Suanla chaoshou is a dish of Sichuan cuisine that consists of a spicy sauce over boiled, meat-filled dumplings. Suanla means "hot and sour," and chaoshou is what these particular large wontons are called in the Chinese province of Sichuan.

Suanla chaoshou
Place of originChina
Region or stateSichuan
Main ingredientsDough, meat, spicy sauce

Chao shou translates literally as "folded hands";[1] in the Sichuanese dialects this refers to a style of dumpling whose square wrapper is folded into two points, one crossed over the other. According to Peter Hessler (Beijing correspondent for The New Yorker and former Peace Corps teacher), "In most parts of Sichuan, you can walk into a restaurant and order chaoshou without making a sound. Cross your arms and they will understand exactly what you want."[2][3] One native speaker claims the Sichuan-only name for these dumplings may have originated at one time by a dialectic transposition, i.e. "chao shou" was originally "shou chao", meaning "hand-folded".

In the United States

Variations on this dish are available in many Chinese restaurants in the United States, with the name on the English menu being "Won Ton with Spice Sauce" or similar.

From 1981 to December 2022, Mary Chung's restaurant (鍾園川菜館, Pinyin: Zhōngyuán Chuāncàiguǎn) in Cambridge, Massachusetts served a dish called Suan La Chow Show, which were dumplings in a spicy soy ginger sauce on top of a bed of raw mung bean sprouts. This popular dish is different from the suan la chao shou described by Fuchsia Dunlop, who studied at the Sichuan Institute of Higher Cuisine in Chengdu. Although somewhat similar, Dunlop's recipe includes a substantial amount of black vinegar in the sauce, making it much more sour.[4]

A local restaurant reviewer noted the first version of the dish was introduced to Cambridge as Shanghai street food by a restaurant called Colleen's Chinese Cuisine,[5] owned by Colleen Fong, where Mary Chung’s husband worked as a chef in the 1970s. At one point, Colleen taught a cooking class at MIT. Her recipe was posted to Usenet in 1990[6] with further clarification a few years later.[7] Other Chinese restaurants around Cambridge, Massachusetts serve this version of the dish, and it appears to be a somewhat popular local variation. Mary Chung's version of Suan La Chow Show was featured by the Gentleman Gourmand on the Boston episode of The Hungry Detective television show.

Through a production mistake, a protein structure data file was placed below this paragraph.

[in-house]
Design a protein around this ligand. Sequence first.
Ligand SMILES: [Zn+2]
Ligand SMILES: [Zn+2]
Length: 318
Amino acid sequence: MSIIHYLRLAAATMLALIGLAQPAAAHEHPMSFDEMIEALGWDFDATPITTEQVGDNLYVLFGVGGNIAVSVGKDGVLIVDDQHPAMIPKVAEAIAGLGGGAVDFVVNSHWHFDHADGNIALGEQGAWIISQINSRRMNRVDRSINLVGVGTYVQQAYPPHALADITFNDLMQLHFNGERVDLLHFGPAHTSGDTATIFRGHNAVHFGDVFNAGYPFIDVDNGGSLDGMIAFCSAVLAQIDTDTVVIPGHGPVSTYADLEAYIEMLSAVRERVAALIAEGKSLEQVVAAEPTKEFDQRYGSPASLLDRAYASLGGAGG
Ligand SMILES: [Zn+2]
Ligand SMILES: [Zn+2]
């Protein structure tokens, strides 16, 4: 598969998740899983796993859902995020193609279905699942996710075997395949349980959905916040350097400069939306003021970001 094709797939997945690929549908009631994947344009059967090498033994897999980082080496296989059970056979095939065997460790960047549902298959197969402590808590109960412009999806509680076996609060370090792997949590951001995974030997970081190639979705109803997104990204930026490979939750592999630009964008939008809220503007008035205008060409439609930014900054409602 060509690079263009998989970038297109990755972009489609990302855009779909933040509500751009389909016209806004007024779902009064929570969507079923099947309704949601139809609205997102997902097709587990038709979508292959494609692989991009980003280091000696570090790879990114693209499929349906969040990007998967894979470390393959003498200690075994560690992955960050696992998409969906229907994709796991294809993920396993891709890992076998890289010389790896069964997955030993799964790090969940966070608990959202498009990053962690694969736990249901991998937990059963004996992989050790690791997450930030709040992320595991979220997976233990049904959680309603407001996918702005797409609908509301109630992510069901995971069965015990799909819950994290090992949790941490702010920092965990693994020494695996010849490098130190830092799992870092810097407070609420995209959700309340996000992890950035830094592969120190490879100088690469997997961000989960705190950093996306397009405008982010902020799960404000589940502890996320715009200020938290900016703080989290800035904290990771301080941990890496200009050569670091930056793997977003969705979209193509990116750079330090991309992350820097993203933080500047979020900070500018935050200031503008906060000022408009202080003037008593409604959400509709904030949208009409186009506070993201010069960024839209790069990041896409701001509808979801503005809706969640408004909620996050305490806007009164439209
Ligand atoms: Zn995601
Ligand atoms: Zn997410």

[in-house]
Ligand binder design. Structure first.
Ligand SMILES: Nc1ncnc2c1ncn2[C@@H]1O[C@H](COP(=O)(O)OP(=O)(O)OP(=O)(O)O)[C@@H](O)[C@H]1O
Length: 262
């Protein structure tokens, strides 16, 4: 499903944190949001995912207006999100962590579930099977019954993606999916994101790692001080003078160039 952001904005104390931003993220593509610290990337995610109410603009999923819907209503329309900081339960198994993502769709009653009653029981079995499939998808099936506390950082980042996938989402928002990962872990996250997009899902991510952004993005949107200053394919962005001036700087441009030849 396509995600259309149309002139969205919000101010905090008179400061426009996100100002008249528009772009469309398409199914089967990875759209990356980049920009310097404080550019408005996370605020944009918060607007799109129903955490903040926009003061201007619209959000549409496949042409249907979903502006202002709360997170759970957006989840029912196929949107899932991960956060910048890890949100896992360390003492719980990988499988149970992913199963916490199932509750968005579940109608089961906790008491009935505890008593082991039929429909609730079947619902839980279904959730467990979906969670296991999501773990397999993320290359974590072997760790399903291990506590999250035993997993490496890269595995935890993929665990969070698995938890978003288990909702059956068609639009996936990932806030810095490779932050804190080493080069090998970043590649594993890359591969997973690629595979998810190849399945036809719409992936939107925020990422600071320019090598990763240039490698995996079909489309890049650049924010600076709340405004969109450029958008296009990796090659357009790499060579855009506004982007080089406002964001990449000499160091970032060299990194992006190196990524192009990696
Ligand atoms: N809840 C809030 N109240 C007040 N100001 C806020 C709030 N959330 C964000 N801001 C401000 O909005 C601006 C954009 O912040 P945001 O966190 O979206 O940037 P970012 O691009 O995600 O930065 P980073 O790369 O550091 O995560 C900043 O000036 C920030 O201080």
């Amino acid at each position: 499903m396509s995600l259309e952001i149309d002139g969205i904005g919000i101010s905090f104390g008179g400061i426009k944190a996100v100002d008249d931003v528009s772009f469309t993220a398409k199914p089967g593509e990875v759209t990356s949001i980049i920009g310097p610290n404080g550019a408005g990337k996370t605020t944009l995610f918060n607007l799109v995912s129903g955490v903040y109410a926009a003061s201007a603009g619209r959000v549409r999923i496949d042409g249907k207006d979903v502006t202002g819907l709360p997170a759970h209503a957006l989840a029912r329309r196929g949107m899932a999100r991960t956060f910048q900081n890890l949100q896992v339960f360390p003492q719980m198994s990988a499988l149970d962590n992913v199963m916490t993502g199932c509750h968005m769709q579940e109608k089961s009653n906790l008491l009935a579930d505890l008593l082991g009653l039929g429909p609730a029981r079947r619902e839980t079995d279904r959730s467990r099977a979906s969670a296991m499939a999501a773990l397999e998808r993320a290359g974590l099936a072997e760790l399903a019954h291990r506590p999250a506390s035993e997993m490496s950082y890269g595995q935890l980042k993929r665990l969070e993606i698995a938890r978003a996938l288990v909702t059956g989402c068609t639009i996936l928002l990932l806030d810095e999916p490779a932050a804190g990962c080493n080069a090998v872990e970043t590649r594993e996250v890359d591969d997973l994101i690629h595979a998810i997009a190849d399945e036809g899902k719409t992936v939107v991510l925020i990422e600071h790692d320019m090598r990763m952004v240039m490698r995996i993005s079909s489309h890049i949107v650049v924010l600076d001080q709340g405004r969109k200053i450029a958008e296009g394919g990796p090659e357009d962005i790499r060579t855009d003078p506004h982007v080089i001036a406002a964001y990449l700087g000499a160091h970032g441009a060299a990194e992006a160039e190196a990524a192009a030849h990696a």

See also


  1. McCawley, James D. (1984). The Eater's Guide to Chinese Characters, p. 118 (L3a.4c). Chicago: University of Chicago Press. ISBN 0-226-55591-7
  2. Hessler, Peter (2001). River Town: Two Years on the Yangtze, p.254. HarperCollins. ISBN 0-06-085502-9
  3. Block, Melissa. "Some Like It Hot." National Public Radio. Saturday April 12, 2008. Retrieved on November 18, 2015. "In his book "River Town", the New Yorker writer Peter Hessler says, "In most parts of Sichuan, you can walk into a restaurant and order chaoshou without making a sound. Cross your arms and they will understand exactly what you want.""
  4. Dunlop, Fuchsia (2001). Land of Plenty, p. 107. W.W. Norton & Company, Inc. ISBN 0-393-05177-3
  5. Zanger, Mark H. (1978). Robert Nadeau's Guide to Boston Restaurants. Cambridge (Mass.): World Food Press (private imprint). ISBN 0-930922-00-X
  6. "Swans [was Re: Query: Boston Restaurants]". Retrieved 2022-12-14.
  7. "Pot Sticker Dipping Sauce". Retrieved 2022-12-14.
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